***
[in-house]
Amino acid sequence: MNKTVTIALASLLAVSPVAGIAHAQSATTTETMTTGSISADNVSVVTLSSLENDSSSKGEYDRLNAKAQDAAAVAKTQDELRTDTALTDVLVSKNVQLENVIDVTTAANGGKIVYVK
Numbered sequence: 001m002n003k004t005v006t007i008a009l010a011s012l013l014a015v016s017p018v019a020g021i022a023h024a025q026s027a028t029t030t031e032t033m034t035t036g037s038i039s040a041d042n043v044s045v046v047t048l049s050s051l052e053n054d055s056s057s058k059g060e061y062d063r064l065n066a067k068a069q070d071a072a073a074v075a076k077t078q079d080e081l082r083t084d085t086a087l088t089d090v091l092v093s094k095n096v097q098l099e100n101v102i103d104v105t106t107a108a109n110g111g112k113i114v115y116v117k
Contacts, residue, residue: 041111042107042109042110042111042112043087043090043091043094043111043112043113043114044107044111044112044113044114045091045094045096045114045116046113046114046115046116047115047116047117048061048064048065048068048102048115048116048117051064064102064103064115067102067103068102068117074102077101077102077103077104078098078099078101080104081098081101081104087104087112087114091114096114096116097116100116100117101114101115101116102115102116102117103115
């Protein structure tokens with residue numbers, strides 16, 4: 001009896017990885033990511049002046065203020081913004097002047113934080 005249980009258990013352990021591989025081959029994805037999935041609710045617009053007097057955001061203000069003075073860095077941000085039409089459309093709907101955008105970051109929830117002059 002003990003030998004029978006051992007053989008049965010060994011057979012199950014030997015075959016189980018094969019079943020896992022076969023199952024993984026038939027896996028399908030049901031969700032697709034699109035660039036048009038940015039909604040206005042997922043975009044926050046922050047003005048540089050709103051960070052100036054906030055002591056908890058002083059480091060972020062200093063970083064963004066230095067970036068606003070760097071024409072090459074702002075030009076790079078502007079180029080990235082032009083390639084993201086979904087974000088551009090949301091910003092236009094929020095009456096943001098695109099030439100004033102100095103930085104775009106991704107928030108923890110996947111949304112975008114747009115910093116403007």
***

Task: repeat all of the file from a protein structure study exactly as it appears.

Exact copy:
[in-house]
Amino acid sequence: MNKTVTIALASLLAVSPVAGIAHAQSATTTETMTTGSISADNVSVVTLSSLENDSSSKGEYDRLNAKAQDAAAVAKTQDELRTDTALTDVLVSKNVQLENVIDVTTAANGGKIVYVK
Numbered sequence: 001m002n003k004t005v006t007i008a009l010a011s012l013l014a015v016s017p018v019a020g021i022a023h024a025q026s027a028t029t030t031e032t033m034t035t036g037s038i039s040a041d042n043v044s045v046v047t048l049s050s051l052e053n054d055s056s057s058k059g060e061y062d063r064l065n066a067k068a069q070d071a072a073a074v075a076k077t078q079d080e081l082r083t084d085t086a087l088t089d090v091l092v093s094k095n096v097q098l099e100n101v102i103d104v105t106t107a108a109n110g111g112k113i114v115y116v117k
Contacts, residue, residue: 041111042107042109042110042111042112043087043090043091043094043111043112043113043114044107044111044112044113044114045091045094045096045114045116046113046114046115046116047115047116047117048061048064048065048068048102048115048116048117051064064102064103064115067102067103068102068117074102077101077102077103077104078098078099078101080104081098081101081104087104087112087114091114096114096116097116100116100117101114101115101116102115102116102117103115
């Protein structure tokens with residue numbers, strides 16, 4: 001009896017990885033990511049002046065203020081913004097002047113934080 005249980009258990013352990021591989025081959029994805037999935041609710045617009053007097057955001061203000069003075073860095077941000085039409089459309093709907101955008105970051109929830117002059 002003990003030998004029978006051992007053989008049965010060994011057979012199950014030997015075959016189980018094969019079943020896992022076969023199952024993984026038939027896996028399908030049901031969700032697709034699109035660039036048009038940015039909604040206005042997922043975009044926050046922050047003005048540089050709103051960070052100036054906030055002591056908890058002083059480091060972020062200093063970083064963004066230095067970036068606003070760097071024409072090459074702002075030009076790079078502007079180029080990235082032009083390639084993201086979904087974000088551009090949301091910003092236009094929020095009456096943001098695109099030439100004033102100095103930085104775009106991704107928030108923890110996947111949304112975008114747009115910093116403007």